The authors point out that Ibn Khaldun, one of the most important philosophers in both the Muslim and world history, observed that a crucial factor for understanding Muslim history is “the central social conflict between the primitive Bedouin and the urban society.” Nomads posed a threat to lands which were highly arable for farming. To combat this, the authors argue that Islam provided a centralising state-building force, featuring redistributive principles, which enabled order and relative peace in the region, thereby further facilitating trade and inducing Islamic culture.
Another interesting finding from the Economics literature vis-à-vis Islam and economic growth is from economists David Clingingsmith, Asim Khwaja and Michael Kremer. The authors find that participation in the Hajj pilgrimage increases observance of global Islamic practices – such as prayer and fasting – while decreasing participation in localised practices and beliefs – such as the use of amulets and dowry. Furthermore, the pilgrims who have completed their Hajj pilgrimage also exhibited increased belief in peace, and in equality and harmony among ethnic groups and adherents of different religions.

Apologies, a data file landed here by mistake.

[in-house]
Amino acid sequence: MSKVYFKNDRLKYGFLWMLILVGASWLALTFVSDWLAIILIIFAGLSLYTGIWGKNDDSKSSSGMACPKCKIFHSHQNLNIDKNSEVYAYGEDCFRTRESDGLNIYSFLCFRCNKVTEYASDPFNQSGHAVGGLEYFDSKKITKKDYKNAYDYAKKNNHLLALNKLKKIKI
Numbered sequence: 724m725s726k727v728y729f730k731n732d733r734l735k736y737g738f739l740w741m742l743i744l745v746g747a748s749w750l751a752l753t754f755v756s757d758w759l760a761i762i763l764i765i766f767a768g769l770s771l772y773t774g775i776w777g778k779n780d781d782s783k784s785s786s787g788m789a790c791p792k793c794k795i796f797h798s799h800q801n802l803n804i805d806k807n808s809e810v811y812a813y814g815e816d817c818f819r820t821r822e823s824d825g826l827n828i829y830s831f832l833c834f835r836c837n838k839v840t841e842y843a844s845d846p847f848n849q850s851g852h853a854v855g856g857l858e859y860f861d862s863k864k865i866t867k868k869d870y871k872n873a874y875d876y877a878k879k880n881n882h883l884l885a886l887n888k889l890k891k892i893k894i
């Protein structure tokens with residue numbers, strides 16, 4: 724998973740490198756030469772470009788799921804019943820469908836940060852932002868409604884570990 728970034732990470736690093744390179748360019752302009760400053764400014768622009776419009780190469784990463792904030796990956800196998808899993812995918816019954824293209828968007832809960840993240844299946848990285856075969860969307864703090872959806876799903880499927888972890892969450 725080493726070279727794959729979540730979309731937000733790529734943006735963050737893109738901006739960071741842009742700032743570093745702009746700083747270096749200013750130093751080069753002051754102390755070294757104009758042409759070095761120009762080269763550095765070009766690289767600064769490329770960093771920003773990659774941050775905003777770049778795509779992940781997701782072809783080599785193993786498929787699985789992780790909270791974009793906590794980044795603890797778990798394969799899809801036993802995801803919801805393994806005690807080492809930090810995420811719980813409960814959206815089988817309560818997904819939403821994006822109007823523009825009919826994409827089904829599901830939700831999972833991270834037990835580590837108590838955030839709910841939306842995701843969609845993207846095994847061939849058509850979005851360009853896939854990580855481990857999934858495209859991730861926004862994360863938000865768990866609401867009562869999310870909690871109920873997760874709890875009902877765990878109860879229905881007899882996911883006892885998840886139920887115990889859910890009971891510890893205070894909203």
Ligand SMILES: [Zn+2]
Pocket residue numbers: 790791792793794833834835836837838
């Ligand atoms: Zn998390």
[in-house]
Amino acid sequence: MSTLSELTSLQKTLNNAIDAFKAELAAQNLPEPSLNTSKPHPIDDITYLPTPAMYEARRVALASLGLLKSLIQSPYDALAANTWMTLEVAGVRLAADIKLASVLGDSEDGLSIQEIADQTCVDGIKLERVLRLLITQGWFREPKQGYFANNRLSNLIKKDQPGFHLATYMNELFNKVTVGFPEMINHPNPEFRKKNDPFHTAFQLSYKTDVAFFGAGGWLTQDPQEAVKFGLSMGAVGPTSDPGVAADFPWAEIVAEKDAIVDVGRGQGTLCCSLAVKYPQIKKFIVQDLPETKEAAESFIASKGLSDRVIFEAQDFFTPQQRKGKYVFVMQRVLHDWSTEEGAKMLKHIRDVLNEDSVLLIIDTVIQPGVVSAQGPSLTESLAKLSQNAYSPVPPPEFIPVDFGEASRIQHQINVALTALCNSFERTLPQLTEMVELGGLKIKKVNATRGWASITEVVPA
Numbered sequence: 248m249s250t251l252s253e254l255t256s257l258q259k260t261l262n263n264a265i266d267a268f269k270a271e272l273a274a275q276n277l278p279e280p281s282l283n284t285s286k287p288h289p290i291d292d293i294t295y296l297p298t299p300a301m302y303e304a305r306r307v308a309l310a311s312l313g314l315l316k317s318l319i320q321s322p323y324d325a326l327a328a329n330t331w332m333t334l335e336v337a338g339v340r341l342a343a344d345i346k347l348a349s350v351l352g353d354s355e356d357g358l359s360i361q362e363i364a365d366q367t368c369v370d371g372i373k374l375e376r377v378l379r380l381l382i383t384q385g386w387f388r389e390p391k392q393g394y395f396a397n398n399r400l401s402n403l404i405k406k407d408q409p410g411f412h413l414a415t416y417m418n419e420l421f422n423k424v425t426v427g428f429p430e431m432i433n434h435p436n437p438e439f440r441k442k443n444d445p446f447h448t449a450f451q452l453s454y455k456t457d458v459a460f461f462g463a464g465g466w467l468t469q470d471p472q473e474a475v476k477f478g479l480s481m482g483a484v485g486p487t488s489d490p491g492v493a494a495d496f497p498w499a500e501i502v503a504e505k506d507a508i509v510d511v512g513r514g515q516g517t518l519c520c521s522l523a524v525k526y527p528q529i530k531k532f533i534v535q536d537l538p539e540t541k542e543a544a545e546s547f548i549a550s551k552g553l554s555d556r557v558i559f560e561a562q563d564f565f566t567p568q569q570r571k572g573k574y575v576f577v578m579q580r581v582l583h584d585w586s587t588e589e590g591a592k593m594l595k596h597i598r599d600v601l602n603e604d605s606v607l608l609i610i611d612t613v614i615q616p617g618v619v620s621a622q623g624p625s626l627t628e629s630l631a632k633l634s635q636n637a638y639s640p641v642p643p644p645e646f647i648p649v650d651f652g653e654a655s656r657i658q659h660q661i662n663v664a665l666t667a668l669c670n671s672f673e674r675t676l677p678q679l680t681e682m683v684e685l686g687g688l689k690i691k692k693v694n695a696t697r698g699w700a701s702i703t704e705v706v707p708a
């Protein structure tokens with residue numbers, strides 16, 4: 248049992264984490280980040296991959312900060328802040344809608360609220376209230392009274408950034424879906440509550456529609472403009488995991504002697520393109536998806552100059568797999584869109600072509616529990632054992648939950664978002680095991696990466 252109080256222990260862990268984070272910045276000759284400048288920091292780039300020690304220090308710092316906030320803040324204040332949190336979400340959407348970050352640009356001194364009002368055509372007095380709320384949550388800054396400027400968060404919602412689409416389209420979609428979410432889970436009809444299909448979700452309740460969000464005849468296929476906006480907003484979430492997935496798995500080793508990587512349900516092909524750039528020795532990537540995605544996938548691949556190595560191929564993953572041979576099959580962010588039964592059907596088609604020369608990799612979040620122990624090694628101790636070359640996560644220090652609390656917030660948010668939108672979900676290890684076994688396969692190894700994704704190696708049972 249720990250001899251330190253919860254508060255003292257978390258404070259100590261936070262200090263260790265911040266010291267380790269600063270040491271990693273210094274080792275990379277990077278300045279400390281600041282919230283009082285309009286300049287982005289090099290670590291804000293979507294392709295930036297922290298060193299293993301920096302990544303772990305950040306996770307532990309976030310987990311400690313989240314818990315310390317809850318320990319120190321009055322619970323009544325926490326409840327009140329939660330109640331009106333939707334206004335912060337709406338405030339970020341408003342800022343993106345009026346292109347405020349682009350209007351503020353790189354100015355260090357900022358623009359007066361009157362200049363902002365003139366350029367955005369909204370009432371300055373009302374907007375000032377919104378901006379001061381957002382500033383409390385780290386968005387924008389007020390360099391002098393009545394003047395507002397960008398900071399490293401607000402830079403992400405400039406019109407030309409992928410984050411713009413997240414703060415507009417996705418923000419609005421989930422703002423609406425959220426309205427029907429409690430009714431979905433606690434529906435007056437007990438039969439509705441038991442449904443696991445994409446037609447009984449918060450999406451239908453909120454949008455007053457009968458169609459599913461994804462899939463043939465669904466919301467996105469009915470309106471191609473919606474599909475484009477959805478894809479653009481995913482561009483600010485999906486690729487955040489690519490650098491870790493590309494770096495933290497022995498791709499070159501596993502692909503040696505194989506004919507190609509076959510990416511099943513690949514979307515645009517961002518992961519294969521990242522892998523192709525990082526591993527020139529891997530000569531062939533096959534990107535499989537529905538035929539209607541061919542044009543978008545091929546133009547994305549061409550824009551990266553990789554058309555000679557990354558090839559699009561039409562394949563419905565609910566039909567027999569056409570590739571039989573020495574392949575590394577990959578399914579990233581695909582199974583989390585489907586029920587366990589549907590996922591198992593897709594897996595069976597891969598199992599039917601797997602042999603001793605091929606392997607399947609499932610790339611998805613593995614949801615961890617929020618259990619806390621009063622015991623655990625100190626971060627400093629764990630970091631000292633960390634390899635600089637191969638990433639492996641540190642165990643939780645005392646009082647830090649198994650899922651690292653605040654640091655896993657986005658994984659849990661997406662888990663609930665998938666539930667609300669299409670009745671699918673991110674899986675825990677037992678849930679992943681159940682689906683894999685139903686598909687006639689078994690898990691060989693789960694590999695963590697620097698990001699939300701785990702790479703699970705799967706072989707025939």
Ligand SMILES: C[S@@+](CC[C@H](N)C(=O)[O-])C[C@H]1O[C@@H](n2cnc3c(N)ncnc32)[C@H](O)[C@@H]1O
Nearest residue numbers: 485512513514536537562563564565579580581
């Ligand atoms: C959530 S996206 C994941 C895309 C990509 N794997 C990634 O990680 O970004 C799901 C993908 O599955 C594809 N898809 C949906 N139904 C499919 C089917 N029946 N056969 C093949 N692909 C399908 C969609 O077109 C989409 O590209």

Finally, to take this to a more topical issue, Harvard economists Filipe Campante and David Yanagizawa-Drott found that longer Ramadan fasting – based on different durations of dawn to dusk across the world – had a negative effect on output growth in Muslim countries. This may perhaps be seen as obvious – if food provides energy, and energy is key to productivity, then surely, fasting would reduce labour productivity. However, and this is my favourite bit of the paper, the authors found that this reduction in economic output was not because of a direct reduction in labour productivity, but rather the evidence that they found indicates that during the holy month of Ramadan, Muslims tend to shift their beliefs and values towards religiosity and away from work and material rewards. Therefore, it was simply that the month of Ramadan made Muslims more reflective and more keyed in on non-material ‘wealth.’
This is, to me, a truly meaningful finding. While I am not a particularly religious person, I do strongly hold the view that there is a wide variety of hugely meaningful benefits that religion may bring. Among these, as it is shown in the Campante and Yanagizawa-Drott Ramadan paper, is a shift in beliefs and values from material wealth to non-material ‘wealth.’ Fasting, in and of itself, is a very deep practice, one that allows those who fast to have empathy and compassion for those less fortunate. I wish my Muslim friends (and all those who also choose to fast in solidarity with Muslims) Salam Ramadan and Selamat Berpuasa.